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Al-Qaeda's Syrian affiliate Nusra may be preparing to cut ties

'The West misses the reality that the vast majority of Nusra members are loyal to the Syrian revolution rather than to al-Qaeda'
Nusra Front is one of the strongest rebel factions fighting against Syria's Assad government (AFP/file photo)

Al-Qaeda’s Syrian affiliate is reported to be facing a split in its ranks as Russia and the US prepared to launch co-ordinated air strikes against it.

Analyst Charles Lister tweeted on Saturday that Nusra’s Shura Council has voted to sever its ties with al-Qaeda, perhaps on Sunday.

US Secretary of State John Kerry said earlier that the US and Russia were in the planning stages of launching joint attacks against the Nusra Front and the Islamic State group.

Analysts and people close to Nusra reportedly indicated that about a third of the group was prepared to renounce global anti-western militancy and that the split had the backing of a leading cleric.

Influential Jordanian-based Sheikh Abu Muhammad al-Maqdisi supported cutting ties with al-Qaeda, according to The Times. “If the name of Nusra is a justification to target its affiliates, then changing or abdicating it is not abdicating the Koran,” he wrote in a statement. “And disengaging [from al-Qaeda] is not apostasy when there’s a need.”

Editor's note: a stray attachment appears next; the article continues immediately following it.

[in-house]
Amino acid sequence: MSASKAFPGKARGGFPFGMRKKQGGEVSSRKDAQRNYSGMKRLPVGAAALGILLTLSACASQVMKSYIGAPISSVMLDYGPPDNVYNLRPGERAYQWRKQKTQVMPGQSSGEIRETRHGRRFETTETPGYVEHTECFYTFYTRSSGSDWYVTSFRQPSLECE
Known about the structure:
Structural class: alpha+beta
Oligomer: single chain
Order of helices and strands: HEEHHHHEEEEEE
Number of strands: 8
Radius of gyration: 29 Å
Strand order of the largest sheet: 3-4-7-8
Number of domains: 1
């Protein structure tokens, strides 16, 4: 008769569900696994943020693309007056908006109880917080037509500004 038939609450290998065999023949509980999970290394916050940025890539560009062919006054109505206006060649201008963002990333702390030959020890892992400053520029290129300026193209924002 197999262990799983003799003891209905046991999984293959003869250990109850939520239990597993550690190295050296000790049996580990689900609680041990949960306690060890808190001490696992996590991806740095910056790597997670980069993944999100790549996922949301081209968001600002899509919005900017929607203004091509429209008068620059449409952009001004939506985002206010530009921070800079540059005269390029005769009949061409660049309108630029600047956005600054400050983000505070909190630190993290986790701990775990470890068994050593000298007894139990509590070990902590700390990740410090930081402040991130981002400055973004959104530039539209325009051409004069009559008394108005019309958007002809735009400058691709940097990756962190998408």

The Nusra Front is one of the strongest of the many rebel factions fighting against the government of Syrian President Bashar al-Assad. Some moderate rebel groups have collaborated with it at times.

Lister, a senior fellow at the Middle East Institute think-tank, said that at least two leaders of the group were prepared leave it.

Two senior figures within the Islamist rebel group Ahrar al-Sham, which is backed by Turkey and Saudi Arabia, confirmed to The Times that negotiations were taking place. They said that Maqdisi’s intervention had helped to open the way for a split from al-Qaeda.

A senior figure was quoted by The Times as saying: “The West misses the reality that the vast majority of Nusra members are loyal to the Syrian revolution rather than to al-Qaeda. Most of Nusra members’ engagement with al-Qaeda is nominal and not ideological.”

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